Working Across Lines is a comparative analysis of two states—California and Idaho—with distinct fossil fuel histories, environmental contexts, and political cultures. Drawing on extensive ethnographic evidence from 106 in-depth interviews and three years of participant observation, it investigates how people work together across lines of difference based on political views, race and ethnicity, age, strategic and tactical preferences, and organizational structure (staffed nonprofits vs. grassroots groups). Analysis focuses on how activists engage or fail to engage working across lines and how this shapes success or failure in movement building. In presenting this analysis, the book advances knowledge about the strategies and cultures of the US climate justice movement. Building on studies of the importance of collective identity and coalitions for creating diverse social movements, the concepts of climate justice cultures of creation, talking across lines, and working across lines expand our field of political and tactical vision. These concepts show how coalitions of individuals and organizations work, identify values and practices that produce inclusive collective identities, and underline the complexity of social movement dynamics—how culture interacts with many factors that shape movements (identity, political context, threats, and resources) to inform coalition building.

Working across lines is essential to building the broad-based movement necessary to address the climate crisis. The methods provided by this book for doing so in both liberal and conservative contexts will help diverse communities, especially those most affected by fossil fuels and climate change, build a collective identity and movement towards climate justice. While focused on coalitions promoting anti-fracking ballot measures and legislation, battling transportation of tar sands equipment, and organizing students in fossil fuel divestment campaigns, the lessons from Working Across Lines apply to broader contexts, providing helpful models for how to work across difference to define and realize common goals. Its contributions are therefore of interest for environmental studies scholars, environmental sociologists, social movement scholars, undergraduate and graduate students, activists, and anyone who wants to understand how to overcome polarization to work for the common good.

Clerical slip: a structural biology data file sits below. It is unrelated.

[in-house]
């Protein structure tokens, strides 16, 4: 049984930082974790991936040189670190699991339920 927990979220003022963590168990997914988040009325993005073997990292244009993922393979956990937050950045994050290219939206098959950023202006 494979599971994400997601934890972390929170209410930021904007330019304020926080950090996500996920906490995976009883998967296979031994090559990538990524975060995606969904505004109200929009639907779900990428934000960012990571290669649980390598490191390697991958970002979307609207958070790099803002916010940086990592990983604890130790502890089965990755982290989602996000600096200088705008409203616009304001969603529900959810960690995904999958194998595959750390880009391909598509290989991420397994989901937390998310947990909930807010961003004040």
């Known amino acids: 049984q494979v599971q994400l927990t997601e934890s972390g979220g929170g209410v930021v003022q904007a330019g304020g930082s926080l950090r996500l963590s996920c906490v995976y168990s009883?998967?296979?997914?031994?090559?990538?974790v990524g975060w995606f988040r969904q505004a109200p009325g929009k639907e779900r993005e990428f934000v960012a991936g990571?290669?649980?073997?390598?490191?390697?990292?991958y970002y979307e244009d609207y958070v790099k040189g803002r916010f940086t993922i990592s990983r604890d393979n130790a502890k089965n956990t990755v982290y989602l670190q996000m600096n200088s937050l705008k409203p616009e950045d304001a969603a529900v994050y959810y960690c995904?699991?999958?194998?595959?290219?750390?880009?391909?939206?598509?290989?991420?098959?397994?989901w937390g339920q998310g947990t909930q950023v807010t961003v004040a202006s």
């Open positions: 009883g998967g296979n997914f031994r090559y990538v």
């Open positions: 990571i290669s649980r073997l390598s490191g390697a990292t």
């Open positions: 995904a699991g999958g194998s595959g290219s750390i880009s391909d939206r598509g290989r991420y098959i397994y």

Read a sample here. The sample includes the introduction with a detailed explanation of each chapter, Chapter 3, Idaho Part 1: Talking across Political Lines by Building Relationships and the first few pages of Chapter 6, Working Across Organizational Lines: Grassroots and Grasstops Tensions and Possibilities, and Chapter 8, Lessons from Measure P and the Megaloads: Native-Non-Native and Latinx-White Coalition Outcomes.

Youth Climate Justice Activism

Colleagues and I have also studied youth climate justice activists’ perspectives on organizing at the UN climate summits in Poland (COP 19), published in Interface (2017) and as a free ebook, in Spain (COP 25), published in the Journal of Human Rights and the Environment (2020), and over the decade from 2013-2022: “A Song in a Cold Place: The Role of Emotions in Motivating Youth Activism and Advancing Justice at the COP” (2023) (PDF).

Past Projects

My previous research examines working conditions and gender in Ecuadorian Fairtrade floriculture. I interviewed women workers at Nevado Roses and concluded that Fairtrade should enhance support for women workers and their reproductive labor (childcare, subsistence gardening, housework). This work is published in Women’s Studies International Forum (2016) and Sage Research Methods Cases (2013). Using quantitative research methods, I have also examined the intergenerational transmission of care occupations in Sociological Science (2015).